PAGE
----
Bella needs help
I am writing on behalf of a dog named Bella, a 4-year-old black labrador retriever that originated from the South Animal Care Center in Melbourne.
She was there for quite some time, waiting to be adopted.
Luckily, Bella's plight was brought to the attention of Paws & Stripes, a program of the Brevard County Sheriff's Office.
During the next eight weeks, Bella was to receive obedience training from the inmates and pass her Canine Good Citizen Test before being placed into a permanent, loving home.
Unfortunately, she was diagnosed with cruciate ligament disease, which resulted in the rupture of her ACL. And if that news wasn't bad enough, Bella's only option for recovery is an expensive surgical procedure that is not performed at that animal hospital. So I began the quest to save Bella once again.
After sending out a plea for Bella's medical treatment, Dr. Jeff Godwin, DVM, of the Animal Medical Clinic in Melbourne responded with a very reasonable offer, beating the average quote for surgery by nearly $1,000!
Within 24 hours, Dr. Godwin's staff set up an account at the clinic for Bella to collect donations toward the procedure. But even with the discount, the cost of the surgery and aftercare comes to almost $2,000.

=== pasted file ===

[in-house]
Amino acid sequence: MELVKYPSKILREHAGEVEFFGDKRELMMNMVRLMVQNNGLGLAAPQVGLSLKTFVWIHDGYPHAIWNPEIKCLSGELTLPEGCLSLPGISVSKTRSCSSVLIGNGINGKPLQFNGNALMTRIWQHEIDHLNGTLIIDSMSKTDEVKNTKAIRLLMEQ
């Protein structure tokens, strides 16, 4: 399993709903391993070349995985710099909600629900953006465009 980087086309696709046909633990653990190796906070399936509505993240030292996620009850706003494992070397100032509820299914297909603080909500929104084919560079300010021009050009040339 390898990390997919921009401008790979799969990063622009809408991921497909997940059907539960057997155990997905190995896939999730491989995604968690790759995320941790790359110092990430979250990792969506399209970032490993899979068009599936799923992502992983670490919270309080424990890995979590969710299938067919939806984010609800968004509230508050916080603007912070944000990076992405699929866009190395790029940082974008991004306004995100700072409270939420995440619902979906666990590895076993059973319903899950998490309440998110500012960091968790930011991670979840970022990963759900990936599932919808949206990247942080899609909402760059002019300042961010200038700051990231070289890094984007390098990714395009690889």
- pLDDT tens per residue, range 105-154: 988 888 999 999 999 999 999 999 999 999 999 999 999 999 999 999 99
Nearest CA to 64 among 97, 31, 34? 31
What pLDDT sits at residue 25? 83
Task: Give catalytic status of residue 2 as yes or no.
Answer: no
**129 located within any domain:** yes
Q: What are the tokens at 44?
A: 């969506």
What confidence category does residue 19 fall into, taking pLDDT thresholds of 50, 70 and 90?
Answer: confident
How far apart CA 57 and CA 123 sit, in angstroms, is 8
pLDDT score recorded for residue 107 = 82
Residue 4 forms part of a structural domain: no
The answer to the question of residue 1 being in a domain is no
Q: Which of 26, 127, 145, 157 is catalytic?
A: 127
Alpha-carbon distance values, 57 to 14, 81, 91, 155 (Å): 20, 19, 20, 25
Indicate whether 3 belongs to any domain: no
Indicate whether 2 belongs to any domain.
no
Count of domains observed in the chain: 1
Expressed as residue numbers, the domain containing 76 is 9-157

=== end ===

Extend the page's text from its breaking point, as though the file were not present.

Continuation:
So I am asking the public to help Bella reach her goal.
Donations can be made in person at the Animal Medical Clinic, 4020 S. Babcock St., Melbourne.
Or, if it is more convenient, people can contribute with a credit card by calling the clinic at (321) 727-2421.
Everyone who has met Bella knows of her incredible spirit and zest for life; she is truly the personification of happiness.
But without the needed surgery, Bella's future is bleak, and delaying the procedure can cause permanent damage to her knees.
I hate to think that she cheated death once, only to find herself in an equally desperate situation.
Again, I implore any local animal-lovers to give what they can to help.
No amount is too small.
Suzan Kundrat, Paws & Stripes Guild member
'Lonesome George' and the Indian River Lagoon
Any dire prediction that something will soon vanish, such as "without protection and care, the Indian River Lagoon will quickly be gone," often has little or no impact beyond a dedicated few.
Unfortunately, a dedicated few, regardless of how exhaustive and admirable their efforts, are too often ineffective.
Habitually, those who should listen and join preventive actions too often think the problem is over-stated, politically motivated or that "something" will be done by "someone" to prevent the disaster.
I've recently returned from the Galapagos Islands. There, I met "Lonesome George" of Pinta Island. He represented one of the 11 remaining races of the Galapagos Giant Tortoise (Geochelone elephantopus abingdoni).
With millions of tortoises in the world, what made "Lonesome George" special? Well, he was a giant tortoise, he was in the Galapagos, and while both make him special, there's something else that made him not only extraordinary, but also terribly tragic.
"George," found in 1971, was the last Pinta Island tortoise.